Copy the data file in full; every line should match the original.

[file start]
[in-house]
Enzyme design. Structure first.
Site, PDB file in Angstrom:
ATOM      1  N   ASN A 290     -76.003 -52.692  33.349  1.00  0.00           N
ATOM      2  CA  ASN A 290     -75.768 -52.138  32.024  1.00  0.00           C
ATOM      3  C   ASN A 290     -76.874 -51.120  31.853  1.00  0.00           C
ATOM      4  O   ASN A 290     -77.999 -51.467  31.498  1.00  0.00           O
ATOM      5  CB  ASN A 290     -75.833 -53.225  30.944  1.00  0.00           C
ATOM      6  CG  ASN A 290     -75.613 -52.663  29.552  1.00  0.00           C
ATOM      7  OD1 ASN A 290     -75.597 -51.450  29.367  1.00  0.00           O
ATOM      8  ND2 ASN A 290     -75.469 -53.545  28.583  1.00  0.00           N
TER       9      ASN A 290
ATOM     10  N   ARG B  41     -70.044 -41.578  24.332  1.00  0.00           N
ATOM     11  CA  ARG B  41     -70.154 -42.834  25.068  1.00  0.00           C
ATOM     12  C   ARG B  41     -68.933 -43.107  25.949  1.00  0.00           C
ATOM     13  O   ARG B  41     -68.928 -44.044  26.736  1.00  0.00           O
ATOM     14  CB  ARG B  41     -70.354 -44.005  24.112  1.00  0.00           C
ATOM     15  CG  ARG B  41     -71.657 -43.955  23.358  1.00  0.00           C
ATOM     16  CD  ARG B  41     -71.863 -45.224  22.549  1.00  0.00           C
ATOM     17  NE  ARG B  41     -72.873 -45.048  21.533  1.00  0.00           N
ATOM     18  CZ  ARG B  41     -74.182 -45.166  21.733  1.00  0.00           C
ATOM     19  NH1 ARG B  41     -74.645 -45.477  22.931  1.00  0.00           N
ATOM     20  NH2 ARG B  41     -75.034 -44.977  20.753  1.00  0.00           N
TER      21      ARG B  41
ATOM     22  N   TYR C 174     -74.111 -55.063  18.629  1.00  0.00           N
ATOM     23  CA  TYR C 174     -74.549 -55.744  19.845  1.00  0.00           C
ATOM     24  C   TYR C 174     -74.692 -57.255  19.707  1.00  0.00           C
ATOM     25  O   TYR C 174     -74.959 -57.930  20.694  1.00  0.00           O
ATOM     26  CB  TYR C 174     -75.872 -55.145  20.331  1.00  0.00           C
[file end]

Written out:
[in-house]
Enzyme design. Structure first.
Site, PDB file in Angstrom:
ATOM      1  N   ASN A 290     -76.003 -52.692  33.349  1.00  0.00           N
ATOM      2  CA  ASN A 290     -75.768 -52.138  32.024  1.00  0.00           C
ATOM      3  C   ASN A 290     -76.874 -51.120  31.853  1.00  0.00           C
ATOM      4  O   ASN A 290     -77.999 -51.467  31.498  1.00  0.00           O
ATOM      5  CB  ASN A 290     -75.833 -53.225  30.944  1.00  0.00           C
ATOM      6  CG  ASN A 290     -75.613 -52.663  29.552  1.00  0.00           C
ATOM      7  OD1 ASN A 290     -75.597 -51.450  29.367  1.00  0.00           O
ATOM      8  ND2 ASN A 290     -75.469 -53.545  28.583  1.00  0.00           N
TER       9      ASN A 290
ATOM     10  N   ARG B  41     -70.044 -41.578  24.332  1.00  0.00           N
ATOM     11  CA  ARG B  41     -70.154 -42.834  25.068  1.00  0.00           C
ATOM     12  C   ARG B  41     -68.933 -43.107  25.949  1.00  0.00           C
ATOM     13  O   ARG B  41     -68.928 -44.044  26.736  1.00  0.00           O
ATOM     14  CB  ARG B  41     -70.354 -44.005  24.112  1.00  0.00           C
ATOM     15  CG  ARG B  41     -71.657 -43.955  23.358  1.00  0.00           C
ATOM     16  CD  ARG B  41     -71.863 -45.224  22.549  1.00  0.00           C
ATOM     17  NE  ARG B  41     -72.873 -45.048  21.533  1.00  0.00           N
ATOM     18  CZ  ARG B  41     -74.182 -45.166  21.733  1.00  0.00           C
ATOM     19  NH1 ARG B  41     -74.645 -45.477  22.931  1.00  0.00           N
ATOM     20  NH2 ARG B  41     -75.034 -44.977  20.753  1.00  0.00           N
TER      21      ARG B  41
ATOM     22  N   TYR C 174     -74.111 -55.063  18.629  1.00  0.00           N
ATOM     23  CA  TYR C 174     -74.549 -55.744  19.845  1.00  0.00           C
ATOM     24  C   TYR C 174     -74.692 -57.255  19.707  1.00  0.00           C
ATOM     25  O   TYR C 174     -74.959 -57.930  20.694  1.00  0.00           O
ATOM     26  CB  TYR C 174     -75.872 -55.145  20.331  1.00  0.00           C